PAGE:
New Delhi: The government on Monday said it will increase the total health expenditure to 2.5% of gross domestic product (GDP) by 2025, from the current 1.15%, with more finance flow to the states, in a bid to achieve Universal Health Coverage.
“In union budget 2017-18, the government increased budget for health sector by 27.7% and National Health Policy (NHP) 2017 released this year also envisages to increase health expenditure as a percentage of GDP from the existing 1.15% to 2.5 % by 2025," health minister J.P. Nadda said. “The Government through the 14th Finance Commission also increased devolution of finances from 32% to 42% of divisible pool—an increase estimated at Rs25 lakh crore over award period to provide States with greater flexibility and autonomy to design, implement and finance schemes," he said.
The health ministry has announced that 150,000 sub-health centres will be transformed into health and wellness centres for providing comprehensive primary care.
For tackling non-communicable diseases (NCDs), a major cause of death and disability in India, the ministry has initiated universal screening of common NCDs such as diabetes, hypertension and common cancers at the sub-centre and primary health centres. The current sanctioned budget for tackling NCDs such as such as cardiovascular disease, hypertension, obesity and diabetes is Rs955 crore (2017-18).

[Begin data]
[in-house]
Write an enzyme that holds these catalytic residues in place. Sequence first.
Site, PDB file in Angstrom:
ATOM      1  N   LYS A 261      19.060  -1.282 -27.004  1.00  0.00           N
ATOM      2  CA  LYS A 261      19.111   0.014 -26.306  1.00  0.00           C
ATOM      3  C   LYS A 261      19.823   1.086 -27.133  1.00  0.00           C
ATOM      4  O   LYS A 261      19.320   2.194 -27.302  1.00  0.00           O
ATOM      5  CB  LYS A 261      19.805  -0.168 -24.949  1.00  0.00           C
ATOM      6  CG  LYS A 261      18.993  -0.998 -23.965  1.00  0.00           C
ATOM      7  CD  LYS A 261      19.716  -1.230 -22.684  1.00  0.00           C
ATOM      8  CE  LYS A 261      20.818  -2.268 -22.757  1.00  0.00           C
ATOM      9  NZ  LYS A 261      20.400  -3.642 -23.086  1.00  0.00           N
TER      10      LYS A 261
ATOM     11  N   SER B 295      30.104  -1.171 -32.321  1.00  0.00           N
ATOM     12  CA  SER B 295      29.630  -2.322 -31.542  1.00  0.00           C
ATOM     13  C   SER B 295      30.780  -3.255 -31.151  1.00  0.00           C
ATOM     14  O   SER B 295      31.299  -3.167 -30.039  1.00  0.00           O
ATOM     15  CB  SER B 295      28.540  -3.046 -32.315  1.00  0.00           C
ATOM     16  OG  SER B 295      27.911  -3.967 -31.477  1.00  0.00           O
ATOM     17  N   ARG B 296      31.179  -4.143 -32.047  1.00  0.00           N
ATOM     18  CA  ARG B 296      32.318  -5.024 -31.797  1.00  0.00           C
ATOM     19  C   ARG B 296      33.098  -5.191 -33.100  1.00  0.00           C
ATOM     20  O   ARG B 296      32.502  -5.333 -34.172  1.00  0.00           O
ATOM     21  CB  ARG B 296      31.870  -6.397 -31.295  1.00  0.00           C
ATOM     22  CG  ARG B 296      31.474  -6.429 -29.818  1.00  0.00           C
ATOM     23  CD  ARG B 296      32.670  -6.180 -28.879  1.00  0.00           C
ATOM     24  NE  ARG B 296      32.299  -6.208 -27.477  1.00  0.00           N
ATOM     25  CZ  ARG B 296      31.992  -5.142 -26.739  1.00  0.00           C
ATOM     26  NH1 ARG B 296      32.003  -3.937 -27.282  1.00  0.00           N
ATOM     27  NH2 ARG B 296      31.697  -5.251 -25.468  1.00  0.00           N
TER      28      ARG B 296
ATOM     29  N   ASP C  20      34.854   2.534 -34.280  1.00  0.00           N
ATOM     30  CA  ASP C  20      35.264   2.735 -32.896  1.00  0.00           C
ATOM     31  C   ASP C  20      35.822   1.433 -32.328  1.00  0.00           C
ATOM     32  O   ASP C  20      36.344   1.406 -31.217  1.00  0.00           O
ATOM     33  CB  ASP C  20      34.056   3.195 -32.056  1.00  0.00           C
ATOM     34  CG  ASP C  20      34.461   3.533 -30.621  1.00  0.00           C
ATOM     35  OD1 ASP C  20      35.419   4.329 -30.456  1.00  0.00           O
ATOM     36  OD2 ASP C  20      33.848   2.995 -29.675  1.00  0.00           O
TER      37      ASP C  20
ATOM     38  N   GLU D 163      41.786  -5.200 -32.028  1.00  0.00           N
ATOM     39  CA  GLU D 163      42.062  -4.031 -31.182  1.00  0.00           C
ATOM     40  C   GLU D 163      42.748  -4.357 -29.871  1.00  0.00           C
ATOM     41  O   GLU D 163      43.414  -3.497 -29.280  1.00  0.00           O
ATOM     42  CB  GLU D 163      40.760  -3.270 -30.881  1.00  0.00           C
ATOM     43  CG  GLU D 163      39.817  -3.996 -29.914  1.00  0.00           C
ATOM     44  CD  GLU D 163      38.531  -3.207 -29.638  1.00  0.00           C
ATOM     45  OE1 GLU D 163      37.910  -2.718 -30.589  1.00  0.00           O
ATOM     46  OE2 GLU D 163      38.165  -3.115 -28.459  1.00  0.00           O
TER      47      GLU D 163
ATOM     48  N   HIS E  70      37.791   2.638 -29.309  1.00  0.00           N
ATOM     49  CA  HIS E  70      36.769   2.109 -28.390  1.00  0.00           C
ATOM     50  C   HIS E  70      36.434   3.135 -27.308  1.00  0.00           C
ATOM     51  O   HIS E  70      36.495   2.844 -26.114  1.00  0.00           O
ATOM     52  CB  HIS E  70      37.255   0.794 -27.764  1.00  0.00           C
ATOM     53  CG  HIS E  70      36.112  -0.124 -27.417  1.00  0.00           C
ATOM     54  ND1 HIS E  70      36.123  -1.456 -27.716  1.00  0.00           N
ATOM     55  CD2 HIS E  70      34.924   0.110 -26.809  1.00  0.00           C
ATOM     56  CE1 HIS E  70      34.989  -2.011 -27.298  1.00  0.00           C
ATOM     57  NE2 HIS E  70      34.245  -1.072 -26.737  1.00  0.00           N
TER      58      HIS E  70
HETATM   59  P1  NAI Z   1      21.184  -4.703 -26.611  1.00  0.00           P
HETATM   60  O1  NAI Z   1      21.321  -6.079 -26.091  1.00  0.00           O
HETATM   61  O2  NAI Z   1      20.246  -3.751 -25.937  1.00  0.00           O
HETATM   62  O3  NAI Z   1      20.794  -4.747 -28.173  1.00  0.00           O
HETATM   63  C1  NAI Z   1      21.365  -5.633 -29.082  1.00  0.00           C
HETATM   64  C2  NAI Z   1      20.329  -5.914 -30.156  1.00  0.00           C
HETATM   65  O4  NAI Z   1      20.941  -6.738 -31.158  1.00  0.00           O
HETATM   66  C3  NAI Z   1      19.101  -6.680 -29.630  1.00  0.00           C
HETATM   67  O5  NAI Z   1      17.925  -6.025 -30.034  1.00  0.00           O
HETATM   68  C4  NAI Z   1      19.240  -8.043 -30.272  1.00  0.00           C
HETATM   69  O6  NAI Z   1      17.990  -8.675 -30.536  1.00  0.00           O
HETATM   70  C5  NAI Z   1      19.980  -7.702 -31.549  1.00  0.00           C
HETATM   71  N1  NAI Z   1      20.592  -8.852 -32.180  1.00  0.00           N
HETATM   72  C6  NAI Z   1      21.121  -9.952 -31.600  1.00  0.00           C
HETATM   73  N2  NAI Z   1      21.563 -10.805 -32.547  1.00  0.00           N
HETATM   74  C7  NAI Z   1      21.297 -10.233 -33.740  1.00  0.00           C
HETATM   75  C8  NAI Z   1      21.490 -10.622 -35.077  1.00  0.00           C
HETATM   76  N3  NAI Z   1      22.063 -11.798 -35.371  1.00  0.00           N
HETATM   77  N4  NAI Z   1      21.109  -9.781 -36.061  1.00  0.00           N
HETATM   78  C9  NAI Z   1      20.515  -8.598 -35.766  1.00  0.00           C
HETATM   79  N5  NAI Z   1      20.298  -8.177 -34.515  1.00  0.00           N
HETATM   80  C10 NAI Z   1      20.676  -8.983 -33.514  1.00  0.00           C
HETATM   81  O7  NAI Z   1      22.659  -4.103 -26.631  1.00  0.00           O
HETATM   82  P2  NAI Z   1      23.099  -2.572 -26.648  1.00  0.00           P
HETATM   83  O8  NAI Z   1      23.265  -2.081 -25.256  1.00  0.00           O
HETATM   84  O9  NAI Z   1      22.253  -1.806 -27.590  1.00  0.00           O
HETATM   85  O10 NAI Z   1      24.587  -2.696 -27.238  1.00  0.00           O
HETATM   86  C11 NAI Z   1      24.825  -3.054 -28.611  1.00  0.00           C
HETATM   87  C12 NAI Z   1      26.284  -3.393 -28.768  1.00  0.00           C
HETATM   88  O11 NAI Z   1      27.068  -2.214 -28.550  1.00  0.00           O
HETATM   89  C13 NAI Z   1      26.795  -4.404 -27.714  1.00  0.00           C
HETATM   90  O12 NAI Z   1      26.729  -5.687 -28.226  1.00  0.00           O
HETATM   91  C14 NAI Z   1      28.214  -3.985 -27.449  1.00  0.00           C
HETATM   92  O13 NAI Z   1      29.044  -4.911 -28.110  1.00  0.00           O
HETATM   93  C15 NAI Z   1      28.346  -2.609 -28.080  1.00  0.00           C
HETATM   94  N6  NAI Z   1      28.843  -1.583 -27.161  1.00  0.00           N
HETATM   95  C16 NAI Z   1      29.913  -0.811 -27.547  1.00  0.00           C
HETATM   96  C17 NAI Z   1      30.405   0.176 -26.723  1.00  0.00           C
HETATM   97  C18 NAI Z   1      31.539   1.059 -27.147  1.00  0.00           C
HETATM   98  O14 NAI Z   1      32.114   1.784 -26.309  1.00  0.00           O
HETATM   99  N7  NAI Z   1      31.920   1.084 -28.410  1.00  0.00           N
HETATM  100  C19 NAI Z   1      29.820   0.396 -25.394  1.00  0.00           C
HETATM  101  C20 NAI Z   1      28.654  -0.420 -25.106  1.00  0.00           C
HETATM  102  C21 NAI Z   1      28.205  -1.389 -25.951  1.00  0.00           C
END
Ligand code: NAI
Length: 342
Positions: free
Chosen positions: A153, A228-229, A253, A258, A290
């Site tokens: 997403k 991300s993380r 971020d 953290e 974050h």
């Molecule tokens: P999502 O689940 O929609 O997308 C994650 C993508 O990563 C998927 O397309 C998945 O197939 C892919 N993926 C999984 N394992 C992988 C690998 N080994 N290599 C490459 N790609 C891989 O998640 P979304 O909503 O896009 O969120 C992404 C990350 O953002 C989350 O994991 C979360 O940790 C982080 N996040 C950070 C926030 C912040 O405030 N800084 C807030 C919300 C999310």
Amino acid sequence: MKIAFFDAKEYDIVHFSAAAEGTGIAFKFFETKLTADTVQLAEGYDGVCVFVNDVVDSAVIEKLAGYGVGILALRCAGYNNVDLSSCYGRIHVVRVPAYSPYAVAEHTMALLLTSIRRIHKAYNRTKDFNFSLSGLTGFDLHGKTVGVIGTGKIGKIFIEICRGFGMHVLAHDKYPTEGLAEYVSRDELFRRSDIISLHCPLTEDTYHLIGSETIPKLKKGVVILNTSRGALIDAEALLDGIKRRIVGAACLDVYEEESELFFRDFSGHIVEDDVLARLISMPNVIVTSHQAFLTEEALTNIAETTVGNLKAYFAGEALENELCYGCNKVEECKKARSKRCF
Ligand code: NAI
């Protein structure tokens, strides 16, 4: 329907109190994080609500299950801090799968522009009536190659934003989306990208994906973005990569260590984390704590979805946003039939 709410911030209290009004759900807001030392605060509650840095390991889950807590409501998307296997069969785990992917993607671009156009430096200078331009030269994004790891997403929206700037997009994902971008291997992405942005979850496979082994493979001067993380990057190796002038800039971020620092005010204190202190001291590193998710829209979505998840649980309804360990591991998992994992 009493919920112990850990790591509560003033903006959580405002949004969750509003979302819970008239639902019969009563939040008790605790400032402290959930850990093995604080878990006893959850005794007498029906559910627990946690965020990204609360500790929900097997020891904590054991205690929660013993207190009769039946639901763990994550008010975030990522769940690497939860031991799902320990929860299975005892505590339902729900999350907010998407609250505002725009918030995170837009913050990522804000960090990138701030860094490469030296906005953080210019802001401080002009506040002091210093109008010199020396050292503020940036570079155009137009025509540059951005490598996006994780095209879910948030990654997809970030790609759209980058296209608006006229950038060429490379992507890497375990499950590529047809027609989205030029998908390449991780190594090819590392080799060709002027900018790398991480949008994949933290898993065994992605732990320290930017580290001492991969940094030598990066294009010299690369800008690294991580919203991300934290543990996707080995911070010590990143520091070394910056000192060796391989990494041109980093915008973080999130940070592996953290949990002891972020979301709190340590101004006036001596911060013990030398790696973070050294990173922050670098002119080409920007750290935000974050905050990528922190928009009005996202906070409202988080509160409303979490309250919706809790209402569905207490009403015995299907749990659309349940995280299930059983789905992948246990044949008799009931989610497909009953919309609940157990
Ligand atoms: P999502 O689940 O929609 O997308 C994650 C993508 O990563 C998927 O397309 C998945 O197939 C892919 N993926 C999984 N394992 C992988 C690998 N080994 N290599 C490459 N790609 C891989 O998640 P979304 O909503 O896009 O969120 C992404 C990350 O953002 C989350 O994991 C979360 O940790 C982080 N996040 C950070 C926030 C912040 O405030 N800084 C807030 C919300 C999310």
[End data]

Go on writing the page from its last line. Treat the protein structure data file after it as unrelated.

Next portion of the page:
The health ministry is also focusing on maternal health and planning to invest more in the area.
“We have also launched “LaQshya" Labour Room Quality Improvement Initiative, a Safe Delivery Mobile Application for health workers who manage normal and complicated deliveries in the peripheral areas, and also released the operational guidelines for obstetric High Dependency Units (HDUs) and Intensive Care Units (ICUs)," Nadda said.
The safe delivery application has clinical instruction films on key obstetric procedures which can help health workers translate learnt skills into practice.
It can play a pivotal role in training, post-training reinforcement, mentoring and demonstration. The application has been tailored to India and been field tested in a few districts where it has been found to be useful for health workers who provide maternity care.
Nadda said the operational guidelines will complement the already existing national guidelines and help the states and state level policy makers set up and operationalise these critical care units, dedicated to pregnant women and recently delivered mothers, in medical colleges and district hospitals.